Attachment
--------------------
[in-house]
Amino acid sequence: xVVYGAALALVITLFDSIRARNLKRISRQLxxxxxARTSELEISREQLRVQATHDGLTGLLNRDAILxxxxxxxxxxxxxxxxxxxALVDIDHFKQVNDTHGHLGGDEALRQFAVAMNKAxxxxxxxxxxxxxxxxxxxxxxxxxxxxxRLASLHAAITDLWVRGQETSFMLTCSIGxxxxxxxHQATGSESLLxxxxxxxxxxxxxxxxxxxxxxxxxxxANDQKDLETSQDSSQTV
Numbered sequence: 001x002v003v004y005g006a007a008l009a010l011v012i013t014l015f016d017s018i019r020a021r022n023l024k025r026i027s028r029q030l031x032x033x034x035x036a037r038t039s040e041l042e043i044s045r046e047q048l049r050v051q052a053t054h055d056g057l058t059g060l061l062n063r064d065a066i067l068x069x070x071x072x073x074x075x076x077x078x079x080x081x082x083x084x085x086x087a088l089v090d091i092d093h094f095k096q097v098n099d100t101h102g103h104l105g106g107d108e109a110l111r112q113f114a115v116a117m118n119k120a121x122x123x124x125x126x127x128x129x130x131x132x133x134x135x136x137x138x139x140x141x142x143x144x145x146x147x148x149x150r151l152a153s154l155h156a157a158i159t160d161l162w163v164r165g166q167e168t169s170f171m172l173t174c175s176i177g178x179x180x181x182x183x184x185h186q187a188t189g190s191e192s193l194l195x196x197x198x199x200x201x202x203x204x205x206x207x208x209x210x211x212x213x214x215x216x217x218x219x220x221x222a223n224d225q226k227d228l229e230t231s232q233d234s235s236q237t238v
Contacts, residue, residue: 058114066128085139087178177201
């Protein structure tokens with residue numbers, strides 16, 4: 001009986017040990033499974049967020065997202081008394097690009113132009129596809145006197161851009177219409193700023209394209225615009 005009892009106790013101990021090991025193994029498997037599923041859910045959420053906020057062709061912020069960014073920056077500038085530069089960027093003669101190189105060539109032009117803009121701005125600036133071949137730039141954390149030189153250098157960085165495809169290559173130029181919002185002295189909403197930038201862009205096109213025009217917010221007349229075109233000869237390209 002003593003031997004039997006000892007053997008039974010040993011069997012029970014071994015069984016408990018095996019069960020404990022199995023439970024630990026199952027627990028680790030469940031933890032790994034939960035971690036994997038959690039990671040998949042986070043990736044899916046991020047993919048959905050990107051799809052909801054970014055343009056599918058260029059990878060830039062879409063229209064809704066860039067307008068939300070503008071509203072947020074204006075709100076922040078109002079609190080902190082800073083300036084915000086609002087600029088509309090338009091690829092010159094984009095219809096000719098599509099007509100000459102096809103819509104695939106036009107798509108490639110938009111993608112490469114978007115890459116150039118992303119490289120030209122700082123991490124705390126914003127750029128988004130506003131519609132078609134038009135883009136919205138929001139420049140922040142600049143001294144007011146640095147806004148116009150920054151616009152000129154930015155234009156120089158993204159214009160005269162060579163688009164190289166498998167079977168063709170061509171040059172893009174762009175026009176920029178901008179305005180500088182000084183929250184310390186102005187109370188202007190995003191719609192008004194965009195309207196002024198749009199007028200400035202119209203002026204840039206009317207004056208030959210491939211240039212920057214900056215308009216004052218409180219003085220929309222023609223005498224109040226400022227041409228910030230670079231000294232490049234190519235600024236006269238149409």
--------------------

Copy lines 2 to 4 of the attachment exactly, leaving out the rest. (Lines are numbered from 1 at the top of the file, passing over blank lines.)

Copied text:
Amino acid sequence: xVVYGAALALVITLFDSIRARNLKRISRQLxxxxxARTSELEISREQLRVQATHDGLTGLLNRDAILxxxxxxxxxxxxxxxxxxxALVDIDHFKQVNDTHGHLGGDEALRQFAVAMNKAxxxxxxxxxxxxxxxxxxxxxxxxxxxxxRLASLHAAITDLWVRGQETSFMLTCSIGxxxxxxxHQATGSESLLxxxxxxxxxxxxxxxxxxxxxxxxxxxANDQKDLETSQDSSQTV
Numbered sequence: 001x002v003v004y005g006a007a008l009a010l011v012i013t014l015f016d017s018i019r020a021r022n023l024k025r026i027s028r029q030l031x032x033x034x035x036a037r038t039s040e041l042e043i044s045r046e047q048l049r050v051q052a053t054h055d056g057l058t059g060l061l062n063r064d065a066i067l068x069x070x071x072x073x074x075x076x077x078x079x080x081x082x083x084x085x086x087a088l089v090d091i092d093h094f095k096q097v098n099d100t101h102g103h104l105g106g107d108e109a110l111r112q113f114a115v116a117m118n119k120a121x122x123x124x125x126x127x128x129x130x131x132x133x134x135x136x137x138x139x140x141x142x143x144x145x146x147x148x149x150r151l152a153s154l155h156a157a158i159t160d161l162w163v164r165g166q167e168t169s170f171m172l173t174c175s176i177g178x179x180x181x182x183x184x185h186q187a188t189g190s191e192s193l194l195x196x197x198x199x200x201x202x203x204x205x206x207x208x209x210x211x212x213x214x215x216x217x218x219x220x221x222a223n224d225q226k227d228l229e230t231s232q233d234s235s236q237t238v
Contacts, residue, residue: 058114066128085139087178177201